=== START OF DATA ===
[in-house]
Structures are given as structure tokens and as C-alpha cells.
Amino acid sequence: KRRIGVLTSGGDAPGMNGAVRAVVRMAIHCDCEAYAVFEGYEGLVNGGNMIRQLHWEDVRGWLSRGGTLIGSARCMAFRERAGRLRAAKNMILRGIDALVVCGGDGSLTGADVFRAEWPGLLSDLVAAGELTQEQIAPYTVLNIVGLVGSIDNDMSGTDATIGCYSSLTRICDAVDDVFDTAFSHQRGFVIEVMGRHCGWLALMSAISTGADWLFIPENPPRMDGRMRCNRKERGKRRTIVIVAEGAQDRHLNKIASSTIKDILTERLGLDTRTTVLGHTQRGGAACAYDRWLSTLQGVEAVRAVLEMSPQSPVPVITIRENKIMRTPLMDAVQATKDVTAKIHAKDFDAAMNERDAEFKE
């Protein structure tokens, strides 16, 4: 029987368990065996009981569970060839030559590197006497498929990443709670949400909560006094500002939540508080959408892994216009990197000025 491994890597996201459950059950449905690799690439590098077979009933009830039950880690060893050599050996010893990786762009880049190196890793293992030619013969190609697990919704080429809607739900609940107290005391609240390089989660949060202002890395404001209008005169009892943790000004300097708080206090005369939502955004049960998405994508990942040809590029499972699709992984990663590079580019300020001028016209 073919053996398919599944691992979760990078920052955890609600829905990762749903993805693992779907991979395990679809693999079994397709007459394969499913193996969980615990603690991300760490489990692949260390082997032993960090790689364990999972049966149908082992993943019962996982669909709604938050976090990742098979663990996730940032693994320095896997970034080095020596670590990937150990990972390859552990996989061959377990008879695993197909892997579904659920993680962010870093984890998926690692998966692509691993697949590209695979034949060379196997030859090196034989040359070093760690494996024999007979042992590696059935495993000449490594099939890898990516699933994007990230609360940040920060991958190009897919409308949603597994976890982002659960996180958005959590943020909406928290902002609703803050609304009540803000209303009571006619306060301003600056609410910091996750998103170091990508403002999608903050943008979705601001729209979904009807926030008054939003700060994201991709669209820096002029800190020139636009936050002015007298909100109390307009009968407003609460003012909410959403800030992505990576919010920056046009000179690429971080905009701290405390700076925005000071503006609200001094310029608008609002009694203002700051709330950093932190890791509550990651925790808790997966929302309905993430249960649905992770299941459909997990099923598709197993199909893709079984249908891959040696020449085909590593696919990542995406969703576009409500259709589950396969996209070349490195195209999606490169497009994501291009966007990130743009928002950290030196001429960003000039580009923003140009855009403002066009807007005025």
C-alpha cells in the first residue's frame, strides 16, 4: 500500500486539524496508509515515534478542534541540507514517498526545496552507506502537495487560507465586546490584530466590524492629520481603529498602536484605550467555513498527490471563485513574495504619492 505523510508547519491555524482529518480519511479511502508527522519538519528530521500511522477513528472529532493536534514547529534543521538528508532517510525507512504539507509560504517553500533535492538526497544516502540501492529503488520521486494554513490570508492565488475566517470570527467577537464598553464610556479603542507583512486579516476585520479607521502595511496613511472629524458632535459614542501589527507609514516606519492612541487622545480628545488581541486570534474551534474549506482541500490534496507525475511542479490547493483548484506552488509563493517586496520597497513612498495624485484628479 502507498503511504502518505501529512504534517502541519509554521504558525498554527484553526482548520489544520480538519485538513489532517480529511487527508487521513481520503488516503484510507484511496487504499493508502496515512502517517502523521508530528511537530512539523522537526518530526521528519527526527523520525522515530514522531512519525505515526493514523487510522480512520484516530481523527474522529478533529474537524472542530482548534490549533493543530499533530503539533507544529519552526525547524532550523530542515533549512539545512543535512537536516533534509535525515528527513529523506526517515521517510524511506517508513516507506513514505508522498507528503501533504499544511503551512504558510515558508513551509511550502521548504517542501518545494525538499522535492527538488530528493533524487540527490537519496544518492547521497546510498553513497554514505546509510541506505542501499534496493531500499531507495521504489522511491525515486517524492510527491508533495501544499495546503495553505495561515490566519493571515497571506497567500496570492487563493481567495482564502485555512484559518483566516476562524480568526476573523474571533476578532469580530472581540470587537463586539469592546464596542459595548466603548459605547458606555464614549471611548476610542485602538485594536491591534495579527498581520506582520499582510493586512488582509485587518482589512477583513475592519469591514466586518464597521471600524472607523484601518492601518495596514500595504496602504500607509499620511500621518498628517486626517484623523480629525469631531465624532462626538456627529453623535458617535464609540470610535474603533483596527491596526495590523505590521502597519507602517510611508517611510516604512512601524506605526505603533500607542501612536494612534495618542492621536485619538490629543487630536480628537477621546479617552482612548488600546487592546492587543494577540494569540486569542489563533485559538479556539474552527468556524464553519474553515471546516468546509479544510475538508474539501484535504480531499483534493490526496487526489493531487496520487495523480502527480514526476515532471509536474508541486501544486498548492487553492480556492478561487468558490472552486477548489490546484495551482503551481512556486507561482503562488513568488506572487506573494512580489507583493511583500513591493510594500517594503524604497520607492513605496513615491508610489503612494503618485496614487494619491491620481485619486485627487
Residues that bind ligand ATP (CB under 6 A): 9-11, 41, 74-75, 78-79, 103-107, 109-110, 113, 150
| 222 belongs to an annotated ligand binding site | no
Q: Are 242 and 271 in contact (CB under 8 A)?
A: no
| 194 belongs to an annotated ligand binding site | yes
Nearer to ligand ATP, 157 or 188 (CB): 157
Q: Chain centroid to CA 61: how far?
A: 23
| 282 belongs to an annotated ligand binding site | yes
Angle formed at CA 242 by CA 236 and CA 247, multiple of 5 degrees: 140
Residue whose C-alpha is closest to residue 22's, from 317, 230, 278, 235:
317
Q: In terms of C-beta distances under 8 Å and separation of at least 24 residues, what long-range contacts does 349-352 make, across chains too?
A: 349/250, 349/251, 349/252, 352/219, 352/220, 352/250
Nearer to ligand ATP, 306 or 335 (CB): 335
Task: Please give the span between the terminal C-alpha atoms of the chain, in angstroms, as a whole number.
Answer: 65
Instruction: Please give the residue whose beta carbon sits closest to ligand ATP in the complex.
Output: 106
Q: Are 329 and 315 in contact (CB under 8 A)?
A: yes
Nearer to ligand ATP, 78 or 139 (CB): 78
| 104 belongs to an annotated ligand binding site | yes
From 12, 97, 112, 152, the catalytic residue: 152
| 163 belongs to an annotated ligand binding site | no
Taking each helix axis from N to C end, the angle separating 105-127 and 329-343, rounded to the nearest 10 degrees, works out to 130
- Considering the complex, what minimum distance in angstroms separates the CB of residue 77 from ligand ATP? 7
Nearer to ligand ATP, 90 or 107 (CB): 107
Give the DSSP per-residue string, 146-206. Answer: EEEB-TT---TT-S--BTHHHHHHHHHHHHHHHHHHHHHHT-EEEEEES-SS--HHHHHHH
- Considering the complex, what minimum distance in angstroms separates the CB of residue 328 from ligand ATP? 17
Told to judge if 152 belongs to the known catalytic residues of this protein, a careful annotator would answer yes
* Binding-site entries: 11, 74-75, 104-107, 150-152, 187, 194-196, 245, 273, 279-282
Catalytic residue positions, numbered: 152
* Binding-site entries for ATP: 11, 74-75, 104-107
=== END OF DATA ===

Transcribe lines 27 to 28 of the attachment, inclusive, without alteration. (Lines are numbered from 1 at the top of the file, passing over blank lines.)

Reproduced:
Nearer to ligand ATP, 78 or 139 (CB): 78
| 104 belongs to an annotated ligand binding site | yes